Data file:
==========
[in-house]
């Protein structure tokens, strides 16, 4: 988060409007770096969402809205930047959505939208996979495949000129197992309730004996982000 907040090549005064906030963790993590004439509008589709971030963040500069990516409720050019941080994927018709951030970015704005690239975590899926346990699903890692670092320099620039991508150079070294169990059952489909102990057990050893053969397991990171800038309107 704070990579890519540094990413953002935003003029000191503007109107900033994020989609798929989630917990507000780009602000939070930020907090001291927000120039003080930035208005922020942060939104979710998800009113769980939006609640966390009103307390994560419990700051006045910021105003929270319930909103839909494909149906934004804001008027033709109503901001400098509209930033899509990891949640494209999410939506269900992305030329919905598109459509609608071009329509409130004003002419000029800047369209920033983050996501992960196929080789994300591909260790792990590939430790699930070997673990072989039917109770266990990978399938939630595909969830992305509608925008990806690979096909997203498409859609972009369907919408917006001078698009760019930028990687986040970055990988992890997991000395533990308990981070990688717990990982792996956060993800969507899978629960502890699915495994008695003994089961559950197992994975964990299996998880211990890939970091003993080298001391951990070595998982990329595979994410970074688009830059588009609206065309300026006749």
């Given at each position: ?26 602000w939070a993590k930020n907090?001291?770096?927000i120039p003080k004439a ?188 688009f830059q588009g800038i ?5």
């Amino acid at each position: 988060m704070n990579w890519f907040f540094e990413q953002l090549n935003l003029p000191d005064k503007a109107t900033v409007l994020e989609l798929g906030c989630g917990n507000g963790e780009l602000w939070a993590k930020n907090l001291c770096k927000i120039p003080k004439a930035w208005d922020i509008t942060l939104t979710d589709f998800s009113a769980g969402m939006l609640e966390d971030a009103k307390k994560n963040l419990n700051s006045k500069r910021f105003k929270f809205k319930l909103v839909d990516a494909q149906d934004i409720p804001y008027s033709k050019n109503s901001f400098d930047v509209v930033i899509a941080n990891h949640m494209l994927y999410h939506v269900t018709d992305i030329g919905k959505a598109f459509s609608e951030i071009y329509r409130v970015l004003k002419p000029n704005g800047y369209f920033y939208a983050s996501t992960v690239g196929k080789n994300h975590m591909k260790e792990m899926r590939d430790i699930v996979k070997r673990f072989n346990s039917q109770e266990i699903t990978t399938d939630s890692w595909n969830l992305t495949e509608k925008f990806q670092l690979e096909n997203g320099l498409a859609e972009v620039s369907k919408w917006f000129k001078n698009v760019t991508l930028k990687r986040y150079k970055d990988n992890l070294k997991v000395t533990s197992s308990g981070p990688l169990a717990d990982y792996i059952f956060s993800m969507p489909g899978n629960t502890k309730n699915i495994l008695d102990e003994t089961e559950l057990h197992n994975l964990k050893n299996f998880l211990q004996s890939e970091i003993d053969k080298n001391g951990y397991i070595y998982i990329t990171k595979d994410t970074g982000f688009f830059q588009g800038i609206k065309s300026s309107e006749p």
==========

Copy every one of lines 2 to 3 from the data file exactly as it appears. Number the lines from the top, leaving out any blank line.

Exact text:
């Protein structure tokens, strides 16, 4: 988060409007770096969402809205930047959505939208996979495949000129197992309730004996982000 907040090549005064906030963790993590004439509008589709971030963040500069990516409720050019941080994927018709951030970015704005690239975590899926346990699903890692670092320099620039991508150079070294169990059952489909102990057990050893053969397991990171800038309107 704070990579890519540094990413953002935003003029000191503007109107900033994020989609798929989630917990507000780009602000939070930020907090001291927000120039003080930035208005922020942060939104979710998800009113769980939006609640966390009103307390994560419990700051006045910021105003929270319930909103839909494909149906934004804001008027033709109503901001400098509209930033899509990891949640494209999410939506269900992305030329919905598109459509609608071009329509409130004003002419000029800047369209920033983050996501992960196929080789994300591909260790792990590939430790699930070997673990072989039917109770266990990978399938939630595909969830992305509608925008990806690979096909997203498409859609972009369907919408917006001078698009760019930028990687986040970055990988992890997991000395533990308990981070990688717990990982792996956060993800969507899978629960502890699915495994008695003994089961559950197992994975964990299996998880211990890939970091003993080298001391951990070595998982990329595979994410970074688009830059588009609206065309300026006749």
């Given at each position: ?26 602000w939070a993590k930020n907090?001291?770096?927000i120039p003080k004439a ?188 688009f830059q588009g800038i ?5």